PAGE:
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There are several wrapper types in the Rust standard library:

As I understand it, these are wrappers which provide further possibilities than a simple reference. While I understand some basics, I cannot see the whole picture.

What do they do exactly? Do cells and reference-counted families provide orthogonal or similar features?

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    Please describe what you don't understand. The documentation you've linked to has had hundreds (or thousands) of people read it, and likely tens to hundreds of people contribute to it. What can we possibly say that would be any different from what is already said, especially if you don't tell us what you don't understand? – Shepmaster Aug 14 '17 at 12:32
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    @Shepmaster The explanations in the documentation speak about interior mutability. This concept is unclear for me. Maybe my question has been unclear too. – Boiethios Aug 14 '17 at 12:37
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    A quick internet search found a chapter in the book about interior mutability, a blog post, and a SO question. Perhaps now that you know what you are unclear about, you can perform some research and update your question. – Shepmaster Aug 14 '17 at 12:48
126

There are two essential concepts in Rust:

  • Ownership,
  • Mutability.

The various pointer types (Box, Rc, Arc) are concerned with Ownership: they allow controlling whether there is a single or multiple owners for a single object.

On the other hand, the various cells (Cell, RefCell, Mutex, RwLock, AtomicXXX) are concerned with Mutability.


The founding rule of Rust's safety is Aliasing XOR Mutability. That is, an object can only be safely mutated if there is no outstanding reference to its interior.

This rule is generally enforced at compile time by the borrow checker:

  • if you have a &T, you cannot also have a &mut T to the same object in scope,
  • if you have a &mut T, you cannot also have any reference to the same object in scope.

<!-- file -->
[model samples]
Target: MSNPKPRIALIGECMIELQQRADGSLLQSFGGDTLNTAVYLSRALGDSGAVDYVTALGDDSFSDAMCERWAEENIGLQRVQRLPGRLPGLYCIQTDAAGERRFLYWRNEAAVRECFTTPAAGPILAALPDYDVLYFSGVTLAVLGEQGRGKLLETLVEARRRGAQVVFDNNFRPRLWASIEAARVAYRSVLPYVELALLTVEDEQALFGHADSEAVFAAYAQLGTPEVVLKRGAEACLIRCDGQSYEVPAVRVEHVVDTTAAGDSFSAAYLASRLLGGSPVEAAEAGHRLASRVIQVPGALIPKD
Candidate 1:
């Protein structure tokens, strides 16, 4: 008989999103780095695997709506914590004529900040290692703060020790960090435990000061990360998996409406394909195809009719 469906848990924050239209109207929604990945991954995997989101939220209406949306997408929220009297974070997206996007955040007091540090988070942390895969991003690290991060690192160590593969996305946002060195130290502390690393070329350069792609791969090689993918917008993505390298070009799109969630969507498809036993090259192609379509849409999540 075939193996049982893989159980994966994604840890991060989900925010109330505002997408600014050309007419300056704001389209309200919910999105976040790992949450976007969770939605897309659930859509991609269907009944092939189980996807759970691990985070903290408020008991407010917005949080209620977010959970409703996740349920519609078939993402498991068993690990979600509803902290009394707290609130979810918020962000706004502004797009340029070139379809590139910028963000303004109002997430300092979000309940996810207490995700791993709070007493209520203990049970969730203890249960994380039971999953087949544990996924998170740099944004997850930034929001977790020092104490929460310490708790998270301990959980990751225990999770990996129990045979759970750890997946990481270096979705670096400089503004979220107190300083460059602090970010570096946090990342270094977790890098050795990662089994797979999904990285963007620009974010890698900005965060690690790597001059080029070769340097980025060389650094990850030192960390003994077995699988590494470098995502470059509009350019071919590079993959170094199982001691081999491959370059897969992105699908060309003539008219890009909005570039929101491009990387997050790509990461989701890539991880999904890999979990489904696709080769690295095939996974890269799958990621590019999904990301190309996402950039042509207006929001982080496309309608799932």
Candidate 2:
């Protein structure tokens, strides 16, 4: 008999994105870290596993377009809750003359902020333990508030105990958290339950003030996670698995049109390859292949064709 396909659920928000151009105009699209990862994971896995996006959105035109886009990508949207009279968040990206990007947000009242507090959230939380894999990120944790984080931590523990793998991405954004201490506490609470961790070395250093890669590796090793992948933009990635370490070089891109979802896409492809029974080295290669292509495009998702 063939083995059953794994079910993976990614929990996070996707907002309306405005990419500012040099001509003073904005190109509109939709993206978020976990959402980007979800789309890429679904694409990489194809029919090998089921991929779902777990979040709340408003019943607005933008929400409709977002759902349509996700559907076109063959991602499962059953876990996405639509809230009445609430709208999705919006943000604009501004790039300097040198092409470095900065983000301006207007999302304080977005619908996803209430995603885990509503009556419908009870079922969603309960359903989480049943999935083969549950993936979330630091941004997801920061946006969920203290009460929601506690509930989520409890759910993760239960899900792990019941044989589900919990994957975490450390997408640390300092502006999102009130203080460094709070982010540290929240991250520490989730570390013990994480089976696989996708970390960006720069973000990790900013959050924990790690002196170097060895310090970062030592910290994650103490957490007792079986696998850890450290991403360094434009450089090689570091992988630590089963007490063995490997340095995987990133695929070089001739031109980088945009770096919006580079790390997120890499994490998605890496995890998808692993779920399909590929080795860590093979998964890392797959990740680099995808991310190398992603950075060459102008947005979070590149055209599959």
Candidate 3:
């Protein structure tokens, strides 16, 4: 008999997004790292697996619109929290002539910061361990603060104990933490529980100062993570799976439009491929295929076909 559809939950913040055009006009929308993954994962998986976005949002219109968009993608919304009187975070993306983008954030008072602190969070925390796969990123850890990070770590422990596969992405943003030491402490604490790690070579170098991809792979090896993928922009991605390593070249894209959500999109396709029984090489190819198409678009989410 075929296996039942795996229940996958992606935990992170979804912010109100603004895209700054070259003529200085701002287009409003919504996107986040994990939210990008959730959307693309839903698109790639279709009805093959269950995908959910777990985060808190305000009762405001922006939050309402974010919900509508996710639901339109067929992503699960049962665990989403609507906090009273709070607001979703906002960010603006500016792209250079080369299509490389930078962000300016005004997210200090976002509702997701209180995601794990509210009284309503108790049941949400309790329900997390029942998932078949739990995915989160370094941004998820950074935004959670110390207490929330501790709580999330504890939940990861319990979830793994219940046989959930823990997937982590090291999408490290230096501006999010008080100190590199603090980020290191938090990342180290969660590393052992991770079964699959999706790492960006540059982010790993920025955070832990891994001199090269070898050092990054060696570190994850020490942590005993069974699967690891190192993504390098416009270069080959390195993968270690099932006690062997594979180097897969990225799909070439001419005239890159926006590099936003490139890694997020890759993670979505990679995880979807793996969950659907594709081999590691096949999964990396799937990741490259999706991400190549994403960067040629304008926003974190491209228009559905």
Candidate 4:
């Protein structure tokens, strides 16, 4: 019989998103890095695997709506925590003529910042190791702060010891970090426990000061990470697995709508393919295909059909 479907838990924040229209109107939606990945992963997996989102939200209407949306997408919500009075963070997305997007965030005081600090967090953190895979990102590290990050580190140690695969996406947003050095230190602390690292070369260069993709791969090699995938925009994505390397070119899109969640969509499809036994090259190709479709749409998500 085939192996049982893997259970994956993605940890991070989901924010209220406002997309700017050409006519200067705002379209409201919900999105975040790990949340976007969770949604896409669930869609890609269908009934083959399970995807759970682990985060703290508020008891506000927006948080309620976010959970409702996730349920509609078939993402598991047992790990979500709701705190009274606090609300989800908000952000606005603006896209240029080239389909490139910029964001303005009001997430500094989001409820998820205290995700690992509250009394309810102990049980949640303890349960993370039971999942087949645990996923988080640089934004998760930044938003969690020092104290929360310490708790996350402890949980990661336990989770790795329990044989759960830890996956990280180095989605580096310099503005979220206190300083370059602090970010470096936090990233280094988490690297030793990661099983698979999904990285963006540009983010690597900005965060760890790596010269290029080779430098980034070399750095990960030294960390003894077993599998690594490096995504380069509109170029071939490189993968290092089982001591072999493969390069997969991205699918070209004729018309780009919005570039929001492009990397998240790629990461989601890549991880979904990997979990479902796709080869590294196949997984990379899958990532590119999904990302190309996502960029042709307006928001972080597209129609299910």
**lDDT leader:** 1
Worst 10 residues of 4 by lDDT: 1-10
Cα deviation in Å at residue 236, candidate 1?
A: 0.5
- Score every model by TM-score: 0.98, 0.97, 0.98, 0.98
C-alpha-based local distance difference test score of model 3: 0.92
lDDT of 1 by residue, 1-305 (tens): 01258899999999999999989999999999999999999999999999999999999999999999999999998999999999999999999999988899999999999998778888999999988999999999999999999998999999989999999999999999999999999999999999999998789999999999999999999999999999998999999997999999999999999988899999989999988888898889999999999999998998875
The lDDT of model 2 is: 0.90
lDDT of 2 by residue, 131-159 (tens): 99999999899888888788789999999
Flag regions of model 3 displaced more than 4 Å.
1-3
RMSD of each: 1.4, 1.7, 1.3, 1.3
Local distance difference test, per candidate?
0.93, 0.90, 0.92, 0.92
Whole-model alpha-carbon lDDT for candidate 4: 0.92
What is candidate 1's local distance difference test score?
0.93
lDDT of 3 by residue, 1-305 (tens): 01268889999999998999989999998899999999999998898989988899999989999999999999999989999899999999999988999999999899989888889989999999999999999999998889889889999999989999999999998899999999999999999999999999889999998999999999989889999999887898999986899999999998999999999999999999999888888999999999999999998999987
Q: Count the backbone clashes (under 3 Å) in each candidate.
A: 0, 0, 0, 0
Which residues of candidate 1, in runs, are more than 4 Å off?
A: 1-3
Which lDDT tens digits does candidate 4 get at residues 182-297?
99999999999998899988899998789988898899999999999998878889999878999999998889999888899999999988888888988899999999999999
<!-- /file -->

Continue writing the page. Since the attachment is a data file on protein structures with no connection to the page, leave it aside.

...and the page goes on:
However, sometimes, this is not flexible enough. Sometimes you DO need (or want) the ability to have multiple references to the same object and yet mutate it. Enter the cells.

The idea of Cell and RefCell is to permit mutability in the presence of aliasing in a controlled manner:

  • Cell prevents the formation of reference to its interior, avoiding dangling references,
  • RefCell shifts the enforcement of Aliasing XOR Mutability from compile time to runtime.

This functionality is sometimes described as providing interior mutability, that is where an object which otherwise looks immutable from the outside (&T) can actually be mutated.

When this mutability extends across multiple threads, you will instead use Mutex, RwLock or AtomicXXX; they provide the same functionality:

  • AtomicXXX are just Cell: no reference to the interior, just moving in/out,
  • RwLock is just RefCell: can obtain references to the interior through guards,
  • Mutex is a simplified version of RwLock which does not distinguish between a read-only guard and write guard; so conceptually similar to a RefCell with only a borrow_mut method.

If you come from a C++ background:

  • Box is unique_ptr,
  • Arc is shared_ptr,
  • Rc is a non thread-safe version of shared_ptr.

And the cells provide a similar functionality as mutable, except with additional guarantees to avoid aliasing issues; think of Cell as std::atomic and RefCell as a non thread-safe version of std::shared_mutex (which throws instead of blocking if the lock is taken).